At-Home Softball Drills You Can Do By Yourself

October 10, 2020

Home Softball Drills

As we approach the last few months of the year, the COVID-19 pandemic continues to keep many of us sheltering at home and avoiding crowded outdoor activities like baseball and softball games for the foreseeable future. While it’s important to keep ourselves and others around us safe and healthy, it’s definitely a bummer to miss out on a season of competitive action.

But you don’t have to let your softball skills get rusty. In fact, this is an awesome opportunity to spend some time honing in on your technique without the pressure of others watching. There are several fun and practical ways that you can practice in your own backyard or indoor space to keep yourself in tip-top shape.

We’ve put together this helpful guide loaded with drills and tips so that you can hone in on your softball technique while at home on your own. Let’s get started!

First, Set Up Your Space

Before you can get down to business, you’ll need to set up your space! If you don’t have a huge backyard or any backyard at all, don’t let that stop you. Make do with what you have!

You can easily set up your living room, garage, basement or other space and transform it into your very own training area. Just make some space and be sure to dress it up with the gear you have on hand, such as a net, tee or other training tools.

Once your space is ready to go, you can get started practicing! The following is a list of tips for practicing softball at home.

1. Ball Handling

This first drill is an excellent way to improve your ball handling. The more time you spend with a softball in hand, the better. That’s why this drill is great to do while you’re watching TV or just hanging out around the house.

Think of basketball players and how their warm-ups usually consist of swiftly moving the ball around their torsos and legs with just their two hands. This drill is similar to that!

In a similar motion, grab a softball and quickly move it around your torso from your stomach to your back and continue repeating the motion. Be sure to switch between clockwise and counterclockwise a few times. See how much you can pick up the speed without dropping it.

Next, move on to your legs and do the same action, moving the ball in a circular motion around each leg. Then try doing a figure-8 motion around each leg. This drill can help you get comfortable with the ball and be able to handle it with more control!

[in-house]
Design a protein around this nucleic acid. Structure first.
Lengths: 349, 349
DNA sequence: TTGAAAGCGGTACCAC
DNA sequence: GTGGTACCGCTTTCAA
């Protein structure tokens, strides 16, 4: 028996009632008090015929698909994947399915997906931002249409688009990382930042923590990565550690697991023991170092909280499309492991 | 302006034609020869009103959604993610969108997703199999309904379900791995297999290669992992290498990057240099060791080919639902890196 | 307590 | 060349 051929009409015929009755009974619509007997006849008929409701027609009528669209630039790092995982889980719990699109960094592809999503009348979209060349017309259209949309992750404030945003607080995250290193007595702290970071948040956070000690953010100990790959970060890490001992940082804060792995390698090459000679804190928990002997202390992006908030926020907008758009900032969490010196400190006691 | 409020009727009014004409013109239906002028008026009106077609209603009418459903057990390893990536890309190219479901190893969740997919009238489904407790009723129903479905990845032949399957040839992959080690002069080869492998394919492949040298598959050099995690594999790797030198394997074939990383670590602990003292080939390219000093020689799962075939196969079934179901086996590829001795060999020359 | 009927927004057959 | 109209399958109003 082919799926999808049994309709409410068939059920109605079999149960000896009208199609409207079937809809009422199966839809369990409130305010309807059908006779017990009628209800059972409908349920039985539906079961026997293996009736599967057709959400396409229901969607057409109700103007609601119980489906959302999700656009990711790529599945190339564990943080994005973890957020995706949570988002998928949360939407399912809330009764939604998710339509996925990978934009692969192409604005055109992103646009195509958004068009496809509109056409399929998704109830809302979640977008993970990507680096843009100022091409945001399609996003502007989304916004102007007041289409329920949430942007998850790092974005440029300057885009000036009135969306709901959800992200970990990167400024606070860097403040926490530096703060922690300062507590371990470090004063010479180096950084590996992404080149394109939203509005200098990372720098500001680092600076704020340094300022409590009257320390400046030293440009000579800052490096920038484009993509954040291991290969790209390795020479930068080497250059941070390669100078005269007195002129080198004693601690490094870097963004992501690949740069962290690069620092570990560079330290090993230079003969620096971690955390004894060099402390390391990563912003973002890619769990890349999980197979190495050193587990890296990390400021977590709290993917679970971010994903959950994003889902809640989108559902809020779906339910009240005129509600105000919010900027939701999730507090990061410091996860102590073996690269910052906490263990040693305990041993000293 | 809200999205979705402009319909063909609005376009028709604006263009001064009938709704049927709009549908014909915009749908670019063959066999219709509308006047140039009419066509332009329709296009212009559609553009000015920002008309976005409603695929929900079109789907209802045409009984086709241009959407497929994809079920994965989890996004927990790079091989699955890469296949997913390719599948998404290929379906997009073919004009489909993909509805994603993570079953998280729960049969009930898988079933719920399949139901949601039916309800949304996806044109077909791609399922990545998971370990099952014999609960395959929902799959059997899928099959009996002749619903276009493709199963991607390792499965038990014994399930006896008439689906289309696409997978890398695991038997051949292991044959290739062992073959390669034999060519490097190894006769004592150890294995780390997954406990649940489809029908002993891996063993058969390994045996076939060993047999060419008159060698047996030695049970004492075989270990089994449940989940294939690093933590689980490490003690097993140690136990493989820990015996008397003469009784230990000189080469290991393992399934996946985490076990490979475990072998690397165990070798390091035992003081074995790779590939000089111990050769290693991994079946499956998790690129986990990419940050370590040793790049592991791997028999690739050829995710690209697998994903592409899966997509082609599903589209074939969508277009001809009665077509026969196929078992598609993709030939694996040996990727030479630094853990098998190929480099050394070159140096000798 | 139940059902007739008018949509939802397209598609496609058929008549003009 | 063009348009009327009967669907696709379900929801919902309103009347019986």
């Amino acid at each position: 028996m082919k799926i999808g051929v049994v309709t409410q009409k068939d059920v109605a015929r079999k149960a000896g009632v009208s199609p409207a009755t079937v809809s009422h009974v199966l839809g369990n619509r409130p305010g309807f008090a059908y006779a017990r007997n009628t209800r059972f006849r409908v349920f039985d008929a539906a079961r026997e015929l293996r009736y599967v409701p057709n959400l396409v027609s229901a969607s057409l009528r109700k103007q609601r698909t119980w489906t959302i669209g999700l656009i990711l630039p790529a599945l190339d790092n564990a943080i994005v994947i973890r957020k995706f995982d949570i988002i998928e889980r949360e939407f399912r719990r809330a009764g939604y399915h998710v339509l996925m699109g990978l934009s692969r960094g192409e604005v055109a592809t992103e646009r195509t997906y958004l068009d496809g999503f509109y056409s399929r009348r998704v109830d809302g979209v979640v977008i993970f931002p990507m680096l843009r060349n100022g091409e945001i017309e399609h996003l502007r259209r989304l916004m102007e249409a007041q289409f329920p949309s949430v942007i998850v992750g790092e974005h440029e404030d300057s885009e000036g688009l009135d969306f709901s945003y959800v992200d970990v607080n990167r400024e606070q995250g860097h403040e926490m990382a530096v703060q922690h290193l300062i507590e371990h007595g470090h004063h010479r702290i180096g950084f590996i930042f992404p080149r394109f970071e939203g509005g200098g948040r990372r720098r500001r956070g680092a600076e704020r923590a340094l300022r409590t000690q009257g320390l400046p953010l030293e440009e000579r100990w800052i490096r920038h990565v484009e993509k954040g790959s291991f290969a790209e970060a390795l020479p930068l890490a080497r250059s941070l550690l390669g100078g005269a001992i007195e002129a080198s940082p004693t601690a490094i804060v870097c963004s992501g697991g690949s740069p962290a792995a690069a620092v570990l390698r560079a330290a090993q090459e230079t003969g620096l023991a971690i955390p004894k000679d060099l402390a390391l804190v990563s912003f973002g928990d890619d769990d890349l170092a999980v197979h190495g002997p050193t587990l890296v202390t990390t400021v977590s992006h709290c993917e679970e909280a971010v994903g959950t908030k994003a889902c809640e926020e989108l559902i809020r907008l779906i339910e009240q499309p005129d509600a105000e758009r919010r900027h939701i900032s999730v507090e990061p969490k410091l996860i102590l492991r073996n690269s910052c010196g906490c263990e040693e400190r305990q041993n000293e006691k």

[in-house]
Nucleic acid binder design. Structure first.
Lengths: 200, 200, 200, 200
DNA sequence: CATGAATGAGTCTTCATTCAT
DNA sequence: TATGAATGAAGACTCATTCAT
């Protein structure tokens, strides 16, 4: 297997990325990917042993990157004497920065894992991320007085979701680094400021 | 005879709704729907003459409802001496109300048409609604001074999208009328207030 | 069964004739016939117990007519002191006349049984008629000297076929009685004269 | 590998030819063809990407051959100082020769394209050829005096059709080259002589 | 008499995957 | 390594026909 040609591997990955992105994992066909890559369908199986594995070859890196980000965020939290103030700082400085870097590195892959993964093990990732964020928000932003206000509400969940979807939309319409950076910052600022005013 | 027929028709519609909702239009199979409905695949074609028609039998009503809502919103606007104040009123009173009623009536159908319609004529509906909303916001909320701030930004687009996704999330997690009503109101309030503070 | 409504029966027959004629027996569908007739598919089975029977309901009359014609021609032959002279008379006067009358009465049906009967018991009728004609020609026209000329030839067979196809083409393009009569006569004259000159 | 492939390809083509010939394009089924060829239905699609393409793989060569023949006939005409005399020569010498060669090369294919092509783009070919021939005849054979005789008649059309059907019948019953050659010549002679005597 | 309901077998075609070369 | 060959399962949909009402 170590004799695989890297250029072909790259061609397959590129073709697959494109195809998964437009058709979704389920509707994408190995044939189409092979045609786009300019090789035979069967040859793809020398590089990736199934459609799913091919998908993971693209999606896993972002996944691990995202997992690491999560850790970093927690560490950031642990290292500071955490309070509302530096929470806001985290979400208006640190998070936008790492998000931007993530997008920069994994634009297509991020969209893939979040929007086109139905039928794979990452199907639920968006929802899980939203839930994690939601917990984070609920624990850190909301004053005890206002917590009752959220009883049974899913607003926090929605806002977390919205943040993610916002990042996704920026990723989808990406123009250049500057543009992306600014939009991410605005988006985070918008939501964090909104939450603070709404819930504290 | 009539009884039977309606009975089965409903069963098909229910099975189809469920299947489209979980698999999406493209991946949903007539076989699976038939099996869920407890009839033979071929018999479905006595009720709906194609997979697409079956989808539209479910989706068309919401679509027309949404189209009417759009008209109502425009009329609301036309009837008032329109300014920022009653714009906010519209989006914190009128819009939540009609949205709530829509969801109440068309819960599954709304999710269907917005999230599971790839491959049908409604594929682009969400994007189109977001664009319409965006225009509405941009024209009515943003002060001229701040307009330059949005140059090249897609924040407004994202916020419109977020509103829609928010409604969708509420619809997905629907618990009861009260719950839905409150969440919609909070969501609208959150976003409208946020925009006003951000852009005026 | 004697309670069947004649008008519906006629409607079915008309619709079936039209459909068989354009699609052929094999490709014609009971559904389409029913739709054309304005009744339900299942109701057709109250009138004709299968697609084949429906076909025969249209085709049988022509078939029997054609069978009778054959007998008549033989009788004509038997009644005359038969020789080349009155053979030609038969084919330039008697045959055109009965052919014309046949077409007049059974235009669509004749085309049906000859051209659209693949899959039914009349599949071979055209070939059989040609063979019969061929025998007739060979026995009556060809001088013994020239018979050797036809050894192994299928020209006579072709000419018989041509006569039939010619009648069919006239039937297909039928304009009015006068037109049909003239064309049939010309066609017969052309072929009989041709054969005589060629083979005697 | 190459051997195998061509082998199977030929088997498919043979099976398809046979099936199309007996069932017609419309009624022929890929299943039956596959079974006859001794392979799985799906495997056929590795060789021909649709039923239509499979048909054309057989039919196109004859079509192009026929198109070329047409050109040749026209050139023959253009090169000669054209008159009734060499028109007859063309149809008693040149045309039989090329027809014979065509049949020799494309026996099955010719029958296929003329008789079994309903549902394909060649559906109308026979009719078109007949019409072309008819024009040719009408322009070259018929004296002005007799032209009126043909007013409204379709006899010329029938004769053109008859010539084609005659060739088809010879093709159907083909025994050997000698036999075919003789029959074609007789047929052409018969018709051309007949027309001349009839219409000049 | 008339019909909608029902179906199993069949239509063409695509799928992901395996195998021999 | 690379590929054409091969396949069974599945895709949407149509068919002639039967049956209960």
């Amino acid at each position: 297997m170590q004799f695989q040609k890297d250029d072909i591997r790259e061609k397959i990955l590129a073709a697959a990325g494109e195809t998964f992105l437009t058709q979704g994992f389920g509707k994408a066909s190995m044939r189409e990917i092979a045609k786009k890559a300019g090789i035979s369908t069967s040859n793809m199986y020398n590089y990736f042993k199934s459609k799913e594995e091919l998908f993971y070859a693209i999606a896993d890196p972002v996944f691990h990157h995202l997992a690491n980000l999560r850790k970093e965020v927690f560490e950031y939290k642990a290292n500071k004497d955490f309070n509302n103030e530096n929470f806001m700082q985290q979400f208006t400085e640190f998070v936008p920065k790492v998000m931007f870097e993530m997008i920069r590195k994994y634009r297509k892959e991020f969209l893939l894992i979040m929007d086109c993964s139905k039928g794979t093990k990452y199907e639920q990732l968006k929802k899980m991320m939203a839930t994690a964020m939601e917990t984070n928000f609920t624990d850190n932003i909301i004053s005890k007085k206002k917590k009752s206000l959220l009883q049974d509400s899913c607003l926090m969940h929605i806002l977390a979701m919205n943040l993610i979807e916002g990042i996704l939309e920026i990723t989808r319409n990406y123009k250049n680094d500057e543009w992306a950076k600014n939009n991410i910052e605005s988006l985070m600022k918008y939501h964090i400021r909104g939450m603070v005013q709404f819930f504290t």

Pro Tip: When performing this drill, keep your hands soft! This is an important skill to develop for defense.

2. Right-Left-Tap-Tap

Fielding a ground ball during a game requires specific skill and footwork technique. You would never traipse up to the ball in a nonchalant, careless manner. The way in which you approach the ball has a direct impact on your effectiveness in carrying out the play.

The correct footwork technique involves stepping with your right foot, then your left foot, getting into a ready position for the catch. Then, follow through by stepping through onto your right leg, moving it across your left and stepping out with your right in a side-ways movement as you build up power into the throw. For left-handed players, you would start with your left foot first instead.

It is also key to ensure that as you catch the ball, you keep your glove down between your legs and tucked in towards your glove-side leg slightly.

Practicing this footwork technique without a ball and with tapping incorporated will help you move through these steps naturally. To do so, you’ll want to get into a ready position and then move through the steps with your right foot first, then your left. After the left foot is planted, tap your glove down on the ground twice. Be sure to keep your glove to the side you’re wearing it on. Repeat.

This drill will help you get a good workout and learn how to field more quickly and confidently!

Pro Tip: As you move through this drill, focus on keeping your glove-less hand hovered over your glove as you tap the ground and your eyes on where the ball would be. Also, focus on your posture. You want to have your butt back and your back straight with a slight 45 degree angle towards  the ground.

3. Right-Left-Throw

This next drill piggybacks off of the right-left-tap-tap to allow you to not only hone in on your footwork, but the follow through as well. To perform this drill, you’re going to do the same footwork technique with two taps on the ground. However, this time once you tap the ground, keep your hand over your glove and pretend as if you have just caught a ground ball.

Next, move through the remaining steps of the footwork and step across with your right then left leg in a sideward advance. As you do so, bring your imaginary ball into your body and on the second sideward movement, pull your arm back as if you were about to thrust it forward.

Pro Tip: Remember again – focus on your posture and stance to ensure that you’re protecting your back and learning how to move through these steps with speed and control.

4. Wall Ball

This next drill is super simple! All you need to do it is a wall and a ball – as the name suggests.